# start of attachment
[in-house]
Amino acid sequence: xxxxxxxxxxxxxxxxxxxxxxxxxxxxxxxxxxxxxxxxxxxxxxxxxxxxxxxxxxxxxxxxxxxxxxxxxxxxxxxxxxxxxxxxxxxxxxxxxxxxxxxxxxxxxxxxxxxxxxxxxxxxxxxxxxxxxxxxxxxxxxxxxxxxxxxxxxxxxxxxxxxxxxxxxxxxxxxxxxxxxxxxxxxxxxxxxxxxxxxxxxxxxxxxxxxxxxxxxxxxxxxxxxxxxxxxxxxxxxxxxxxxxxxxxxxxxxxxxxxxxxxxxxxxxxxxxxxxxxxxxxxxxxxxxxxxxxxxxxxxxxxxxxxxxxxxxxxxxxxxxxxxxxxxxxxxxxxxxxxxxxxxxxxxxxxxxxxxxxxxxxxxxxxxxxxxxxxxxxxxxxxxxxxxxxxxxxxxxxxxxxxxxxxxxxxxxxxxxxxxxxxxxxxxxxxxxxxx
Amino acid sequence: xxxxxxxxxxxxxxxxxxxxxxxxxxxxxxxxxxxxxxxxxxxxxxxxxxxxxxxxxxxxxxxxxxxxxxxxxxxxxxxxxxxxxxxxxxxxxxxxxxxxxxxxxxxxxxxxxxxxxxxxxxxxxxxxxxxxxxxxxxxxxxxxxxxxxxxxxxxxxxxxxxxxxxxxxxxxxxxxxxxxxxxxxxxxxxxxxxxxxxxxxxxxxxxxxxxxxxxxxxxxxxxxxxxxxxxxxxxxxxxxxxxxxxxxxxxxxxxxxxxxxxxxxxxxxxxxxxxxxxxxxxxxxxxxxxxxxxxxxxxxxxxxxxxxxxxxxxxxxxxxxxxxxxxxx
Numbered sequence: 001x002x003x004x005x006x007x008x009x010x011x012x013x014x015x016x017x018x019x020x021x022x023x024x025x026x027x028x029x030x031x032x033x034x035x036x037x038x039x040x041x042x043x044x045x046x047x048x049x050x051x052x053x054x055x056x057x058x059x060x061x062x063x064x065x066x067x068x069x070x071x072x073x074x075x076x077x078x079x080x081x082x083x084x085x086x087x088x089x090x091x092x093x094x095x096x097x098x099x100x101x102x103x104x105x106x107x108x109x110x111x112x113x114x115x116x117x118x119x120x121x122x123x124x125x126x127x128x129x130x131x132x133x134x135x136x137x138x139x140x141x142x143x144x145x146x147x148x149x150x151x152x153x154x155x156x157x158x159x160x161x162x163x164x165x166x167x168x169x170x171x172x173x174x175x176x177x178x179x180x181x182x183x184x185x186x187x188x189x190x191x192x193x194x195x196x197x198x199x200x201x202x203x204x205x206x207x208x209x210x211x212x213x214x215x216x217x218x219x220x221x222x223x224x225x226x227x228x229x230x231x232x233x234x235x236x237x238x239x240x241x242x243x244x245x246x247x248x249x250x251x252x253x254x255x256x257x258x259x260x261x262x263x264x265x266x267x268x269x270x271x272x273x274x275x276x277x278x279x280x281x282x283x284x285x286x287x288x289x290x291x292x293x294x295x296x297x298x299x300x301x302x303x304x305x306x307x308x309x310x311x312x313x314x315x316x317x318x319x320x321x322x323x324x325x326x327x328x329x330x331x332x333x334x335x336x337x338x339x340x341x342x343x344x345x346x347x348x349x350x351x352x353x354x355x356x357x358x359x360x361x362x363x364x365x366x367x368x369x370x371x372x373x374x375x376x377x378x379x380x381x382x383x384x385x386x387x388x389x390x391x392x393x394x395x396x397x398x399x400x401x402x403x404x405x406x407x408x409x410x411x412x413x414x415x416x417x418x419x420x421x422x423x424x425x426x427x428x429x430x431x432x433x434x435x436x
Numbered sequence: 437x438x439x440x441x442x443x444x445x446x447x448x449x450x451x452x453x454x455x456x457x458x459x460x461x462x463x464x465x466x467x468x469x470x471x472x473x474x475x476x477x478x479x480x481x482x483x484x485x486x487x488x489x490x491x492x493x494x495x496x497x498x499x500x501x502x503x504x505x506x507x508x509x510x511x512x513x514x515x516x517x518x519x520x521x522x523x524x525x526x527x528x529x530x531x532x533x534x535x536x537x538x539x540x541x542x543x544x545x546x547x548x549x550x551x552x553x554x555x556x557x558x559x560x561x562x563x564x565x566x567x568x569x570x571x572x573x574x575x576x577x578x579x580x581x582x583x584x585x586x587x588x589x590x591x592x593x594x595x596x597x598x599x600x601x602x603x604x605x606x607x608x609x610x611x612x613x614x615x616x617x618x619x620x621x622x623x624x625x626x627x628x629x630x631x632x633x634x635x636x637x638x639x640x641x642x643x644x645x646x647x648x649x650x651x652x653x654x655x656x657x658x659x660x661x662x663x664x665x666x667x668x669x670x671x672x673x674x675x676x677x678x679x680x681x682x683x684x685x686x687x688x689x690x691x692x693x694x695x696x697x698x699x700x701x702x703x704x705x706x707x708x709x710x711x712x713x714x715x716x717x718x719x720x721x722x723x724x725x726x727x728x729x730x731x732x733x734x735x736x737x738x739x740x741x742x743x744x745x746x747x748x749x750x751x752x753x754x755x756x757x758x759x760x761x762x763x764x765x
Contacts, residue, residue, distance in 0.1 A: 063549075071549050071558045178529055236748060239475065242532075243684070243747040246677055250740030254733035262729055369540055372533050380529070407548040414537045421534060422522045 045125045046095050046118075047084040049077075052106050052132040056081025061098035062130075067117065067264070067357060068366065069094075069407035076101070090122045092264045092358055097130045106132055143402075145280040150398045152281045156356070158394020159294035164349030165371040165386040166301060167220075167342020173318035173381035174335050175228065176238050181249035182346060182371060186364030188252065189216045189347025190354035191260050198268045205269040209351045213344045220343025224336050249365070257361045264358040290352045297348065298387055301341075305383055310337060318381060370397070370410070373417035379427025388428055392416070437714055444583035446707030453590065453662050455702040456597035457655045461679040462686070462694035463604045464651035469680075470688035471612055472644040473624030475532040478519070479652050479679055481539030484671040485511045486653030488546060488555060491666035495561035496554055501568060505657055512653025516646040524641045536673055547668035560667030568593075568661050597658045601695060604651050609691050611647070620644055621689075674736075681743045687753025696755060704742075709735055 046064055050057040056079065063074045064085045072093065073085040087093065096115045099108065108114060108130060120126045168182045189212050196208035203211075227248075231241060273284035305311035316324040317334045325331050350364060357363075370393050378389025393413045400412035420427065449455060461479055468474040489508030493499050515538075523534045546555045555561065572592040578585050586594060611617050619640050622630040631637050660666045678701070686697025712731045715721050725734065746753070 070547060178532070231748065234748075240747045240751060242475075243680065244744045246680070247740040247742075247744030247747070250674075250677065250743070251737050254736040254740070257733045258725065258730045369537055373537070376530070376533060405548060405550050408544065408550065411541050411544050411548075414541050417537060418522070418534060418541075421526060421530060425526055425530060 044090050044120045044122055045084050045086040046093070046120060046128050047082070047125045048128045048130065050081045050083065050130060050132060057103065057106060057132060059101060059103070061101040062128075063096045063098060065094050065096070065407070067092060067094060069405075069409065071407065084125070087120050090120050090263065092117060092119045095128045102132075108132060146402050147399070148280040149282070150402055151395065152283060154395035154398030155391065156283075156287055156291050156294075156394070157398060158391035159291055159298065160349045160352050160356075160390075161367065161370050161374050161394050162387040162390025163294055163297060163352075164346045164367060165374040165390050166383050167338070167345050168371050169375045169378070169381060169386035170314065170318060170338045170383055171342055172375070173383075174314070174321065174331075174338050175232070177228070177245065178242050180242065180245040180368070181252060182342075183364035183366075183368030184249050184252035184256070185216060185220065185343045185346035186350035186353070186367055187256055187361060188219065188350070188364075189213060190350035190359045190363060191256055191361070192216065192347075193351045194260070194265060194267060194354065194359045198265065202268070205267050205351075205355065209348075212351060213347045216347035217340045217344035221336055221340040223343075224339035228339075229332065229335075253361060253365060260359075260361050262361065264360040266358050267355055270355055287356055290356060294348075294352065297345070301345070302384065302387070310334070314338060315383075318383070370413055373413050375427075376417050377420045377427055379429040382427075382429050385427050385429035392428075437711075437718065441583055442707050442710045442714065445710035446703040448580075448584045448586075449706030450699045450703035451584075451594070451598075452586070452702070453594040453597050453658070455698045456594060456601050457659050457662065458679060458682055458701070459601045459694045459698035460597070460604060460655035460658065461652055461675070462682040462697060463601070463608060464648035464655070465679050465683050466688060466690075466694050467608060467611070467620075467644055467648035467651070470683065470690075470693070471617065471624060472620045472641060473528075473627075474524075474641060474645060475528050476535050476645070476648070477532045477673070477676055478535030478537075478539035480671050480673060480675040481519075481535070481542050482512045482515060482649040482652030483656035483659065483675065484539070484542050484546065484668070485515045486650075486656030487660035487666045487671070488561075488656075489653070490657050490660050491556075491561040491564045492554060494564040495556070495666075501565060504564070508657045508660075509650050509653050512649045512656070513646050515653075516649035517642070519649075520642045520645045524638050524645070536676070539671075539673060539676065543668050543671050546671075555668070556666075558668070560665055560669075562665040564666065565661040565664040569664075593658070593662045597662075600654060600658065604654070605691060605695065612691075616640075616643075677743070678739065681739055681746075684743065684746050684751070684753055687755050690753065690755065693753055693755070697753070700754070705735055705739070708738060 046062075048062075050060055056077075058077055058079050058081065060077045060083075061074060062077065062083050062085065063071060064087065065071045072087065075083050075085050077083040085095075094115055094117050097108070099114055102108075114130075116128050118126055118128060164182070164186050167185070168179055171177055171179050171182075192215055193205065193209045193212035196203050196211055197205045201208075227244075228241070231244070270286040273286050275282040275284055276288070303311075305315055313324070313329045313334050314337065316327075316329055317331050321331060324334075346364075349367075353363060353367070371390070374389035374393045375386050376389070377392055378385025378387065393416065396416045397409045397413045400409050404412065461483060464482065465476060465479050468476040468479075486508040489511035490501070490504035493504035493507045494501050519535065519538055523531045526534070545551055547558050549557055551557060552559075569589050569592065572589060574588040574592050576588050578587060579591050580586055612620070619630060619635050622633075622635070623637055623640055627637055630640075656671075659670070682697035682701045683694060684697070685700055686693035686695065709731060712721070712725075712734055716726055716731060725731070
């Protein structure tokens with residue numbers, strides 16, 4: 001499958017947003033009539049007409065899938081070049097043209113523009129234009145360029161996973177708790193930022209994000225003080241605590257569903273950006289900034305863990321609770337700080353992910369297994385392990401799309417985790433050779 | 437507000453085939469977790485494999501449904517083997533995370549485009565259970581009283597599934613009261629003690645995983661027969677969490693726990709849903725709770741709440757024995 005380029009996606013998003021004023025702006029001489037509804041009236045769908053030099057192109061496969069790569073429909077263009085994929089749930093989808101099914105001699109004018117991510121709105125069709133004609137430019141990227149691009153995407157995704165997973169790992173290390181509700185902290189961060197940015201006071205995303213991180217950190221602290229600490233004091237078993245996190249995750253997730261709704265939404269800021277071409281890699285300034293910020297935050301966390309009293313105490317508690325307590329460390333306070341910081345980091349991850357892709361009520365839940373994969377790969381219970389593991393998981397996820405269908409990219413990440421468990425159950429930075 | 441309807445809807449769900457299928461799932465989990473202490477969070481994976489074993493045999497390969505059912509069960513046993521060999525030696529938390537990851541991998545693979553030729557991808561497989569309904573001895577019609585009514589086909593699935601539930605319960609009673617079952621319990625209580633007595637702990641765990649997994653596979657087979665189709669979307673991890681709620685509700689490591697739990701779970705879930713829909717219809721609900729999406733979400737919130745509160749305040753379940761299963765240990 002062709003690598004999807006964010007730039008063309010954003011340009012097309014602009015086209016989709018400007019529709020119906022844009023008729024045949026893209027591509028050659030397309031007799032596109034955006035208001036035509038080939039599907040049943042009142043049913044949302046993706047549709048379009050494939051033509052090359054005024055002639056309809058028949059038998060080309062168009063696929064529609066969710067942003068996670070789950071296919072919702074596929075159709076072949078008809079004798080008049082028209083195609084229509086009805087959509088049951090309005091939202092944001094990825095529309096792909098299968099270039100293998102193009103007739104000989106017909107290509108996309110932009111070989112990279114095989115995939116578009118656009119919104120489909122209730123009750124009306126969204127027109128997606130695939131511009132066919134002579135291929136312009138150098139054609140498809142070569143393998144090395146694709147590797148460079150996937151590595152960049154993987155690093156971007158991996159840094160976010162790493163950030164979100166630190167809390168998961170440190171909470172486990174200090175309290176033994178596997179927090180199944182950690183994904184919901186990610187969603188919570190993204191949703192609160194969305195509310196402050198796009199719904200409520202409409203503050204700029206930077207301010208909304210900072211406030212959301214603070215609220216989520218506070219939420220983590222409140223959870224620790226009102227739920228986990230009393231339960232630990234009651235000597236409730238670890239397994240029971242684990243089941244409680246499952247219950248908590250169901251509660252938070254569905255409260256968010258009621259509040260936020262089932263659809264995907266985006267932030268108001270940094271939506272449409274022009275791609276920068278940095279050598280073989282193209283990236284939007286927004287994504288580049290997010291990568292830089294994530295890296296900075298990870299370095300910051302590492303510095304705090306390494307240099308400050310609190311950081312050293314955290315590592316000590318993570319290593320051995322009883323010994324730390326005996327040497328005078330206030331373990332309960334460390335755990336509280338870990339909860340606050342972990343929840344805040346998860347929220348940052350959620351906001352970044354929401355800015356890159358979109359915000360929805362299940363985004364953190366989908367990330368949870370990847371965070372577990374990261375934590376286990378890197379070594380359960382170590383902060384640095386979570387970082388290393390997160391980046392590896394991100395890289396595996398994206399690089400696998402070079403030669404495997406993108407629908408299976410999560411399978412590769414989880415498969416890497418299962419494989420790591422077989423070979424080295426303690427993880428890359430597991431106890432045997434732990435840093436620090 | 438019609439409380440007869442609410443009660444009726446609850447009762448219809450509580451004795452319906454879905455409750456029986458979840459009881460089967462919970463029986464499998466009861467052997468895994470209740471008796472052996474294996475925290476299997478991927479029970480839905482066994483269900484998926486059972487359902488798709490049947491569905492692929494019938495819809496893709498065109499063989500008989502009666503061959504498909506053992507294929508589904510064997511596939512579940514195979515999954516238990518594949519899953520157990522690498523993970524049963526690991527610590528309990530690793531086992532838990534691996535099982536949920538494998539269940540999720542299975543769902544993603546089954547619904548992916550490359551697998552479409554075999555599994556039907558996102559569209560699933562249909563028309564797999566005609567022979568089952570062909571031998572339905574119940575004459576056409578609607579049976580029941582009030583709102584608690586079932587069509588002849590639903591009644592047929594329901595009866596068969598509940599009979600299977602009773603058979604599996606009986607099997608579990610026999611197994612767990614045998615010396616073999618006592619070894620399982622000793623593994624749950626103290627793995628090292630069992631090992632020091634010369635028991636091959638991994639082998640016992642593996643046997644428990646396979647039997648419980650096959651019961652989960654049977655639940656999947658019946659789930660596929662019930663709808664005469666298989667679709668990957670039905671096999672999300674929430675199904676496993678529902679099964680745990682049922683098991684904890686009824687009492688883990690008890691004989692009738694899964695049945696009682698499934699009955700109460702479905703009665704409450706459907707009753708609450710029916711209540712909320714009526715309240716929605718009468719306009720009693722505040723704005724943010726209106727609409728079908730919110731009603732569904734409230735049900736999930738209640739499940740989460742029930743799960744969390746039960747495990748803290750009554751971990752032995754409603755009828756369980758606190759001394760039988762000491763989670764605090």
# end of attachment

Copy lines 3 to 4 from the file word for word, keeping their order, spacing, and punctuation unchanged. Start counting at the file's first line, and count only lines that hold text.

Amino acid sequence: xxxxxxxxxxxxxxxxxxxxxxxxxxxxxxxxxxxxxxxxxxxxxxxxxxxxxxxxxxxxxxxxxxxxxxxxxxxxxxxxxxxxxxxxxxxxxxxxxxxxxxxxxxxxxxxxxxxxxxxxxxxxxxxxxxxxxxxxxxxxxxxxxxxxxxxxxxxxxxxxxxxxxxxxxxxxxxxxxxxxxxxxxxxxxxxxxxxxxxxxxxxxxxxxxxxxxxxxxxxxxxxxxxxxxxxxxxxxxxxxxxxxxxxxxxxxxxxxxxxxxxxxxxxxxxxxxxxxxxxxxxxxxxxxxxxxxxxxxxxxxxxxxxxxxxxxxxxxxxxxxxxxxxxxx
Numbered sequence: 001x002x003x004x005x006x007x008x009x010x011x012x013x014x015x016x017x018x019x020x021x022x023x024x025x026x027x028x029x030x031x032x033x034x035x036x037x038x039x040x041x042x043x044x045x046x047x048x049x050x051x052x053x054x055x056x057x058x059x060x061x062x063x064x065x066x067x068x069x070x071x072x073x074x075x076x077x078x079x080x081x082x083x084x085x086x087x088x089x090x091x092x093x094x095x096x097x098x099x100x101x102x103x104x105x106x107x108x109x110x111x112x113x114x115x116x117x118x119x120x121x122x123x124x125x126x127x128x129x130x131x132x133x134x135x136x137x138x139x140x141x142x143x144x145x146x147x148x149x150x151x152x153x154x155x156x157x158x159x160x161x162x163x164x165x166x167x168x169x170x171x172x173x174x175x176x177x178x179x180x181x182x183x184x185x186x187x188x189x190x191x192x193x194x195x196x197x198x199x200x201x202x203x204x205x206x207x208x209x210x211x212x213x214x215x216x217x218x219x220x221x222x223x224x225x226x227x228x229x230x231x232x233x234x235x236x237x238x239x240x241x242x243x244x245x246x247x248x249x250x251x252x253x254x255x256x257x258x259x260x261x262x263x264x265x266x267x268x269x270x271x272x273x274x275x276x277x278x279x280x281x282x283x284x285x286x287x288x289x290x291x292x293x294x295x296x297x298x299x300x301x302x303x304x305x306x307x308x309x310x311x312x313x314x315x316x317x318x319x320x321x322x323x324x325x326x327x328x329x330x331x332x333x334x335x336x337x338x339x340x341x342x343x344x345x346x347x348x349x350x351x352x353x354x355x356x357x358x359x360x361x362x363x364x365x366x367x368x369x370x371x372x373x374x375x376x377x378x379x380x381x382x383x384x385x386x387x388x389x390x391x392x393x394x395x396x397x398x399x400x401x402x403x404x405x406x407x408x409x410x411x412x413x414x415x416x417x418x419x420x421x422x423x424x425x426x427x428x429x430x431x432x433x434x435x436x